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perceived he was in danger of great bodily harm or death he's justified under law to discharge a firearm. >> this cuts to the quick of the trial that so many people feel must have been another option than just shooting this boy dead. >> right, and to your point, i mean, no one knows but trayvon and george zimmerman whether or not george sizimmerman exposed weapon prior to the encounter and whether or not the struggle may, in fact, all have been over a weapon because what the prosecution was trying to do all day today and part of yesterday was to say it is virtually impossible to retrieve the weapon while you're on the ground. so how is it that the weapon gets drawn? i think that become as crucial point. i thought the prosecution would raise that much earlier. i thought that was a crucial idea, which is how do you get the gun out behind your back, move it over his legs, up to his
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chest and fire that weapon? if, in fact, the gun is out prior to the engagement of the physical altercation, then the person defending themselves against great bodily harm or death switches from trayvon martin to -- from george zimmerman to trayvon martin and the only person who has testified in this entire case as to whether or not that gun stayed holstered the entire time has been the man who is charged with the murder -- >> right -- >> of trayvon martin. >> john kelly, what do you think of that? >> going to what zimmerman's options are. he could have stayed in the car, left the gun in the car, followed 30 feet behind him. we don't know how the confrontation started. we assume trayvon through a bunch. that could have been a head butt when they collided.
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got brought up, put in his chest, fired cleanly one shot during that struggle if he was yelling for help. >> judge alex -- >> there were a lot of things in george zimmerman's version i disagree with. i think the gun was out. he was not looking at a street sign. he was following to see and tell the cops where he was -- >> but he didn't intend to shoot trayvon martin. >> someone that intends to shoot doesn't call to report the progress. what is relevant is when he gets on the ground unless the prosecution shows he was the aggressor and punched trayvon and no injuries to document that. what is relevant is when he's on the ground, does he have another option to get out? the prosecution -- >> the prosecution's hands are tied -- >> no evidence to show otherwise. >> do you believe the gun is out, then that makes you the aggressor because you have the most -- you have the most force. >> but -- >> but the judge's.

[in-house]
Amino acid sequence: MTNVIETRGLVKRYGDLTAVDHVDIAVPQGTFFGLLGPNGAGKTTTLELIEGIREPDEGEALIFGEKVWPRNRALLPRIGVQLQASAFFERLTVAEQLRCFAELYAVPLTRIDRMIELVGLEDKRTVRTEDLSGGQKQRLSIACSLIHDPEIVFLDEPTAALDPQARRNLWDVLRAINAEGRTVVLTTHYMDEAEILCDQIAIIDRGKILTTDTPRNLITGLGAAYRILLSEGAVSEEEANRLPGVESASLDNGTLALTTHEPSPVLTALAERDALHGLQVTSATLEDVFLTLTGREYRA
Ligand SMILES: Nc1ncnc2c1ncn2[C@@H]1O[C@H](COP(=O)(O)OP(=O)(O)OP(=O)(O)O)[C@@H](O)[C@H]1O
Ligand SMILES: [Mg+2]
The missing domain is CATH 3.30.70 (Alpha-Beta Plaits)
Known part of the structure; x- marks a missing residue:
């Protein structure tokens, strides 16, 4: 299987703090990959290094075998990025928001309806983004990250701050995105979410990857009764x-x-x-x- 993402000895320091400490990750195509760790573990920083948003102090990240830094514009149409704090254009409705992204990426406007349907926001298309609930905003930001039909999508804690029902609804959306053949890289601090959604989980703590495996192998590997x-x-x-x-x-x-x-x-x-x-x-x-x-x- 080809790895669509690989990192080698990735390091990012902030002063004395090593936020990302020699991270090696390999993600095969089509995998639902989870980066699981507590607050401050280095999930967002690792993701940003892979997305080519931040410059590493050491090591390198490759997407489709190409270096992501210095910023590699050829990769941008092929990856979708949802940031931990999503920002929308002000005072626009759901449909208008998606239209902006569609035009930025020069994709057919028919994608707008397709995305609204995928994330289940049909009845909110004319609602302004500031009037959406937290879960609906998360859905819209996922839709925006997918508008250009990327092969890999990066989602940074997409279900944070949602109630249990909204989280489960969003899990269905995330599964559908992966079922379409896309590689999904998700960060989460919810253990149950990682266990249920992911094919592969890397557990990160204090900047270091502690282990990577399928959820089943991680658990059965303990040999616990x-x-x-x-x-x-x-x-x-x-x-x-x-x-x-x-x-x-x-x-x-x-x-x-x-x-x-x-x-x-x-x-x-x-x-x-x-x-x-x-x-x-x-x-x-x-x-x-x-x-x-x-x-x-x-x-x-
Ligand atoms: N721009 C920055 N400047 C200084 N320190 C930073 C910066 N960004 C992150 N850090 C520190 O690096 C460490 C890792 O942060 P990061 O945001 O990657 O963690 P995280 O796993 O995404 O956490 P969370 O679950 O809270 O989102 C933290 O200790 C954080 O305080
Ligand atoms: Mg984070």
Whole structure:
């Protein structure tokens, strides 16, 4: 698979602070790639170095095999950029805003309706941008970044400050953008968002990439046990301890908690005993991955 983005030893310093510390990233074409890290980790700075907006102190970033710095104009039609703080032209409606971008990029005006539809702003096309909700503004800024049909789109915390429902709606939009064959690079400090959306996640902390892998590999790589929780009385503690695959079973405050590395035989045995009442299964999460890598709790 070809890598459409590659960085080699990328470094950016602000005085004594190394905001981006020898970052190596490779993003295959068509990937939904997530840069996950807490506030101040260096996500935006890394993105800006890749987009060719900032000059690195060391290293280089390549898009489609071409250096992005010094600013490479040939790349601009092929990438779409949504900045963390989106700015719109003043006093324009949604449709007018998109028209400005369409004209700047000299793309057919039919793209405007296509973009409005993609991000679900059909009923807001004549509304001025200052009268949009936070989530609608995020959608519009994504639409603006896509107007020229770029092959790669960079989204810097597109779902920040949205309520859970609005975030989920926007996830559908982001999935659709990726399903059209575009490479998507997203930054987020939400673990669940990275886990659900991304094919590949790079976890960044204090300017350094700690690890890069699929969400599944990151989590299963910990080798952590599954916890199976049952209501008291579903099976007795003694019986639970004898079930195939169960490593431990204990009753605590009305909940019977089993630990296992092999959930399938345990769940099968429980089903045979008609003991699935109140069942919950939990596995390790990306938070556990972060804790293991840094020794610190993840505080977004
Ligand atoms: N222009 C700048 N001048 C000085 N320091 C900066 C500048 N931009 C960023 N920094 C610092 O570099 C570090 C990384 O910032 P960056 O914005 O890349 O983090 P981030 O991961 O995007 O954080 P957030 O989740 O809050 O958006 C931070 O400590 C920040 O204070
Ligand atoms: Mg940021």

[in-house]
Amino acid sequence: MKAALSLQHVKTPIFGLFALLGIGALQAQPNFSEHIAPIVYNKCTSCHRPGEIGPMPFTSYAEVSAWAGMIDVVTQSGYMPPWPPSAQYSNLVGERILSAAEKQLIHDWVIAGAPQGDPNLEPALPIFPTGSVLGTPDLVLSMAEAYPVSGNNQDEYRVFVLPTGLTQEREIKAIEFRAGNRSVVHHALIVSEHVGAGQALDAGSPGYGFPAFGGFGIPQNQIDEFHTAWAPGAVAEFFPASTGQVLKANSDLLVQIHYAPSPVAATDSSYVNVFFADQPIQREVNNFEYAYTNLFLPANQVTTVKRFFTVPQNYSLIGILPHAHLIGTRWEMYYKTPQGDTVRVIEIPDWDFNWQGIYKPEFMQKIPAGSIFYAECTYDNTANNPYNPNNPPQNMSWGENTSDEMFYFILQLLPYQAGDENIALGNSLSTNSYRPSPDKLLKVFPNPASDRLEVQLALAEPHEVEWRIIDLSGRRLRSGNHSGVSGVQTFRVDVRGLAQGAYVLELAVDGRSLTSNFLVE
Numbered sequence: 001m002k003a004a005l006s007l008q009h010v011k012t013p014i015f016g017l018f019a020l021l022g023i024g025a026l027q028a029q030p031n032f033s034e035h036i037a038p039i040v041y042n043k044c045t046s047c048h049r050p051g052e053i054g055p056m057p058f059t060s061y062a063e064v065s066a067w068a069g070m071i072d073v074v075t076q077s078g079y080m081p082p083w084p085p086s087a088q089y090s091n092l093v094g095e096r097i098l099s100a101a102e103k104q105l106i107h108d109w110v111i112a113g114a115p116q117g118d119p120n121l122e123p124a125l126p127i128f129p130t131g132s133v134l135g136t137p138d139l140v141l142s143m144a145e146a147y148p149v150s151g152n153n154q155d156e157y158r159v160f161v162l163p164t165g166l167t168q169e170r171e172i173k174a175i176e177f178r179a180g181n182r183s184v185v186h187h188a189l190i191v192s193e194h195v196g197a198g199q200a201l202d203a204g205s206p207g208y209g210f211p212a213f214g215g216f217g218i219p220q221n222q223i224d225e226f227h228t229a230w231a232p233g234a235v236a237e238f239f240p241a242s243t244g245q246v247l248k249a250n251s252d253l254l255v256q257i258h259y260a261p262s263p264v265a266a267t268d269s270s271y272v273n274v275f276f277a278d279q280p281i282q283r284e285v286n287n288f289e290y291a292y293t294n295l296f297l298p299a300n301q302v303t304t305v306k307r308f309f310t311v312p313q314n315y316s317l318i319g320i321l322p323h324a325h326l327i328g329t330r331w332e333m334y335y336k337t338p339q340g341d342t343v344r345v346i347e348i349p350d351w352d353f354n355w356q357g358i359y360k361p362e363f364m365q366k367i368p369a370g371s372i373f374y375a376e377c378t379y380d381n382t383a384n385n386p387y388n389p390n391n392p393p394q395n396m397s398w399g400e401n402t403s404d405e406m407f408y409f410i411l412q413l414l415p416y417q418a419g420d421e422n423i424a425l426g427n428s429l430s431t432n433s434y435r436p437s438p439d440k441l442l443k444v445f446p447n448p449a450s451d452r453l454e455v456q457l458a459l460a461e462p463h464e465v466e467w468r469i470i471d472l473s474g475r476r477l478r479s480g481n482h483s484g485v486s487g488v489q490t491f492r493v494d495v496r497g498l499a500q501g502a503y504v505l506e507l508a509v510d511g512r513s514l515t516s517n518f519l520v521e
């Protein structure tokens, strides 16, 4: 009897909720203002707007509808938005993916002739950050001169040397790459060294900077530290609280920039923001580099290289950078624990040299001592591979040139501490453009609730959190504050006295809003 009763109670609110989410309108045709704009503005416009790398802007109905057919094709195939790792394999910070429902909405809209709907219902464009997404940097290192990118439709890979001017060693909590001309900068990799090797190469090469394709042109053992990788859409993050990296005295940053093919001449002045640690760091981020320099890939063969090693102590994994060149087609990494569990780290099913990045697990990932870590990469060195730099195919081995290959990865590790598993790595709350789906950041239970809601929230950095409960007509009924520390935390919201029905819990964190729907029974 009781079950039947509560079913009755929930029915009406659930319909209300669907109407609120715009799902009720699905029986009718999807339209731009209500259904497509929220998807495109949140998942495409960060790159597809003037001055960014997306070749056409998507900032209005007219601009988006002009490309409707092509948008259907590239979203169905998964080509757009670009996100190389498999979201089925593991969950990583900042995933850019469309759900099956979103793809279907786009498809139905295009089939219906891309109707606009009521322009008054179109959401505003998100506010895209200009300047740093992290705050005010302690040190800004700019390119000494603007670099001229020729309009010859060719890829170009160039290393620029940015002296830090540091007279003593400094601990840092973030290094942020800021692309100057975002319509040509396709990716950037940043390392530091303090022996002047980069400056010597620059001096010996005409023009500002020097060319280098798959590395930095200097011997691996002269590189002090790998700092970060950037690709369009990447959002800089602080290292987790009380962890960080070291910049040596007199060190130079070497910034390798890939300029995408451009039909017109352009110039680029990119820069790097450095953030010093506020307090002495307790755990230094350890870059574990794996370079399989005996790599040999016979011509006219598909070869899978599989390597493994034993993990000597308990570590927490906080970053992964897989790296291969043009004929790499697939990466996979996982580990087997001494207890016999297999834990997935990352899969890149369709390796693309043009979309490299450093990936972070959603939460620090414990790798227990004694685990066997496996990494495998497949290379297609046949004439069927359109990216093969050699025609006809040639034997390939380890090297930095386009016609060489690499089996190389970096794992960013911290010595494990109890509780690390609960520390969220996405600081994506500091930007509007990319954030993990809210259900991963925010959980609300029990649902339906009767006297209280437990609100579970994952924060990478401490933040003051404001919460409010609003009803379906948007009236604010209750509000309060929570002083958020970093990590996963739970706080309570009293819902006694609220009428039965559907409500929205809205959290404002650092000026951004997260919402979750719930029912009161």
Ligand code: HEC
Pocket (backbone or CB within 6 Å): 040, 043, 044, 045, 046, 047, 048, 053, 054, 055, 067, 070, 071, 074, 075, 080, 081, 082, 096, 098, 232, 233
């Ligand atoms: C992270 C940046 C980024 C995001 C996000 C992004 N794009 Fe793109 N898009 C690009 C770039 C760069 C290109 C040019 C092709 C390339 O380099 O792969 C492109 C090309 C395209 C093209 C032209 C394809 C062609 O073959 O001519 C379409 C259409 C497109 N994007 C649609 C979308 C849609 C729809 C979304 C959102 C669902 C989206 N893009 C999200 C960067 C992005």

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>> what i believe is my speculation -- >> right. >> what i show a jury is proof -- >> judge hatchet? >> that's the problem. that's the problem. the state has the burden of proving -- >> i agree with that. >> beyond a reasonable doubt. i believe he would have never gotten out of the car if he didn't have the gun. >> that's true. >> he would have never gotten out of the car. let's be real about this. >> let me go tod damon jackson. ask your question. >> yes, well the fact is that the only reason that there was an arrest and the only reason there was a trial is due to a response from the public outcry, national out cry. >> that's true. >> okay. i wonder if the roles were reversed, whether or not we would be sitting here having this type of discussion totally -- >> what do you think?
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>> i believe zimmerman is guilty. >> but if the roles were reversed, if trayvon had shot dead george zimmerman -- >> i don't think there would have been the need for a public outcry, number one, i think trayvon would have been arrested right off the bat and i believe he would have been found guilty right off the bat. [ applause ] >> i think that to me is the most crucial point about what the public outcry was here. this case is not now nor has it ever been about an extraordinary death. people are shocked to death, unfortunately, in america every day. this was about an extra orordin inequity of the application of the law and the misapplication of the presumption of innocence, that who was -- was worthy to be given the presumption of innocence in this case? the man standing over the dead kid with the candy, or the kid. >> right.
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>> on the ground. >> what we saw was that the man standing over the dead body, was allowed to walk into a police station, give a statement. >> and go home. >> not even take toxicology tests, nothing and walk out of there and go home and sleep in his bed. >> wow. >> that's what outraged people. >> yes, that is true. [ applause ] >> let's take another break and come back and we'll hear more audience questions on this explosive case. plaus plaus. . [ applause ] . tony used priceline to book this 4 star hotel. tell 'em why.
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they deliberated today for three hours and 33 minutes. back now with my guests and studio audience. we'll go to a member of the audience, carol frasier. >> i would like to preface my question by a statement made by the judge that race cannot be used, the term in the case, right? >> uh-huh. >> today o'mara had the nerve to say it's possible zimmerman was intimidated by trayvon because of the burglaries that happened in his neighborhood by african american males which is clearly racial profiling and his inability to be objective so my question is, can the jury be truly objective. >> they produced the young white